The American nuclear family has not fared well in American literature. Whether it has been William Dean Howells or Sinclair Lewis or John Steinbeck or William Faulkner or Jane Smiley or Joyce Carol Oates or John Cheever or John Updike or any number of other myriad writers, the family is often portrayed as a source of anguish, wounds, suffering torment, and existential angst. Usually, however, there is some small redemptive glimmer. Not so in Jonathan Franzen’s novel The Corrections (2001). This novel is well written. Franzen is a fine prose stylist. Scenes are artfully conceived and executed. Characters are fully and credibly drawn. But artfulness is not its own justification. The deeper I got into this novel, the more abysmally depressive and dark it became. The Lambert family is clearly supposed to be representative, the quintessential American family of the new century. Yet its members are mired in self-interest, vanity, egotism, self-indulgence, cruelty, fatuousness, pride. They corrupt each other. They corrupt themselves. They mistreat their children and their aging parents.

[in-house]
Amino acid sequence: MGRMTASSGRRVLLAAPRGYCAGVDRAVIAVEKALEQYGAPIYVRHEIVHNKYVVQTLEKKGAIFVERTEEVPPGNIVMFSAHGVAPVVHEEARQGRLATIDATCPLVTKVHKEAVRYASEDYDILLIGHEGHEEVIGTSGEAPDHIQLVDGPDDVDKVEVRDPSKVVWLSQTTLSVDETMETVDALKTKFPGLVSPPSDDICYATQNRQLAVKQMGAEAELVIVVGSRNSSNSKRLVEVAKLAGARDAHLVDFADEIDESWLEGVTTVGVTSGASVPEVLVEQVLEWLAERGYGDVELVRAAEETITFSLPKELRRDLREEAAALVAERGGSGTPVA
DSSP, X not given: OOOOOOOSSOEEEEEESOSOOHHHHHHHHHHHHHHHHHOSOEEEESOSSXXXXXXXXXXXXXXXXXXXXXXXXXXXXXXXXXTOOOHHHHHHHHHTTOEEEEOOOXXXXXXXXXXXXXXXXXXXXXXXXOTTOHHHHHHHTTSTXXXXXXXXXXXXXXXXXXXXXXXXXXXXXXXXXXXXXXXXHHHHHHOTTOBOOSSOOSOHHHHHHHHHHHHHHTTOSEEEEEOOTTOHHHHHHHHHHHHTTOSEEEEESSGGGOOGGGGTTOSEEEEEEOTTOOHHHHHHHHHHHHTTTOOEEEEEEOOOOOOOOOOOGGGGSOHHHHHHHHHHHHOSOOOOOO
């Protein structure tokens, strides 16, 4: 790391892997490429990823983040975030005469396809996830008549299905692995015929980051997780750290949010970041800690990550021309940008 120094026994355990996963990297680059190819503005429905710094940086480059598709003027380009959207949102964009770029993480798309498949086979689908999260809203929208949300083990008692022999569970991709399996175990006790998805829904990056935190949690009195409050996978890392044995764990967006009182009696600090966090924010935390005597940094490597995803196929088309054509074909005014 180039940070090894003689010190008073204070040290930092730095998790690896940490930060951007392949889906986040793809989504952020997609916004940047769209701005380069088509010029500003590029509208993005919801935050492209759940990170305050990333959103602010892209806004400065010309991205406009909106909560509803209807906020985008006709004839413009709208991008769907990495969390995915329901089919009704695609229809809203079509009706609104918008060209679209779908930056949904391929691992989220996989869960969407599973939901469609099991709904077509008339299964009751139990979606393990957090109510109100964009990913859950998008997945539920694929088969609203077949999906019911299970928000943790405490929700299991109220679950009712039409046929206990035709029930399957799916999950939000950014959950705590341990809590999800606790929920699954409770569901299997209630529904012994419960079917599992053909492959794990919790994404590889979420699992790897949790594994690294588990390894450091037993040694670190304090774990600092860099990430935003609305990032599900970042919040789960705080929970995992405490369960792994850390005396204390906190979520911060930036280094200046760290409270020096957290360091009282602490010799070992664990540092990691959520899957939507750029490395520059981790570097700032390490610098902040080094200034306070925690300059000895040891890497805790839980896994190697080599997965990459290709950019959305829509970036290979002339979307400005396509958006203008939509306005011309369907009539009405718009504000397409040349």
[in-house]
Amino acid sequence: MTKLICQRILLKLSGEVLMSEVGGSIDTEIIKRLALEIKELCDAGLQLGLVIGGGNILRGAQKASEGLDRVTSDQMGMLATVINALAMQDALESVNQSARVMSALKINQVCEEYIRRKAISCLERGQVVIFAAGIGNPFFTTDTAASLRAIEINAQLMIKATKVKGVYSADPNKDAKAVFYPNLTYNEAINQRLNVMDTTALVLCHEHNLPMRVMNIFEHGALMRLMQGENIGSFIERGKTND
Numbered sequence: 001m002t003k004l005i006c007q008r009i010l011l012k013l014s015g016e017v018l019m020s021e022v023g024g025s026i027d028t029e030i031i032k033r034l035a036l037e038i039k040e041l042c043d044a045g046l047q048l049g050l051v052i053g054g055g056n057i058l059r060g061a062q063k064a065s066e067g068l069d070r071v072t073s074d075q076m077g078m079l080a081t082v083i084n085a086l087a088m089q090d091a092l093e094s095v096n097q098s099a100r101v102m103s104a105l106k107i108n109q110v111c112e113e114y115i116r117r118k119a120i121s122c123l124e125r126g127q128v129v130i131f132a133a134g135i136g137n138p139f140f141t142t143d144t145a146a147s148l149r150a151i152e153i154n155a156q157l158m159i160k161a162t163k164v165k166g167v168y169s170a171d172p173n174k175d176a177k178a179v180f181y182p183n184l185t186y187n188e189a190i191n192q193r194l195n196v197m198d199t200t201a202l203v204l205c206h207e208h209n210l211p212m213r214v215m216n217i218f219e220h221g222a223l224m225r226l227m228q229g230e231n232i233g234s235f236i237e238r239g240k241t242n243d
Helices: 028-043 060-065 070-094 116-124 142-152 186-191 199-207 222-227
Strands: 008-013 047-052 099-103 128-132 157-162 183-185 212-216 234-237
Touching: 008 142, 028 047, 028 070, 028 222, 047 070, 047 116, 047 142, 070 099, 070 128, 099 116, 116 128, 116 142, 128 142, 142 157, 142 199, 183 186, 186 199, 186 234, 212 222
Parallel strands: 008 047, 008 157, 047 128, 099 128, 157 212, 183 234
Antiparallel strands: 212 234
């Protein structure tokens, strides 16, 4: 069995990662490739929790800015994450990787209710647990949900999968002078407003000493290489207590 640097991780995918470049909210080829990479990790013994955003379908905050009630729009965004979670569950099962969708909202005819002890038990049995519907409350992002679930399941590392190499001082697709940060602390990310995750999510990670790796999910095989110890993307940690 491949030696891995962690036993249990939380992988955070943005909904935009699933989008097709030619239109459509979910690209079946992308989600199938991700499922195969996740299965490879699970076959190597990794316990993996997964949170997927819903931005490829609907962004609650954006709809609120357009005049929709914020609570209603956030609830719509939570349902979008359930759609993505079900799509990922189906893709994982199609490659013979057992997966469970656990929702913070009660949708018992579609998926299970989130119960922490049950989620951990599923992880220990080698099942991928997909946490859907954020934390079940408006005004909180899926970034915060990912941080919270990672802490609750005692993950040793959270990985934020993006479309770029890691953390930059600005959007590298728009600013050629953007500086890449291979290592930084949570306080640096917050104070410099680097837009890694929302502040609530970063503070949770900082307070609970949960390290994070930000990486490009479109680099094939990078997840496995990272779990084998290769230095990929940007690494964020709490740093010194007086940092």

Franzen’s novel is ripe with misanthropy and pessimism. Nary a glimmer of light is there anywhere. Franzen tempts his readers to laugh at the comic miscreants who make up his family, but after a while the various pains and indignities they suffer and inflict become all too deafening and one-dimensional.
The Lamberts are an all-too-easy target. Franzen invites us to laugh at and revile them. But he lacks pity, mercy, compassion, generosity, sympathy, understanding. In their place he exhibits smug scorn, self-righteous superciliousness, arrogance, heartlessness—I’m sure he’d insist otherwise.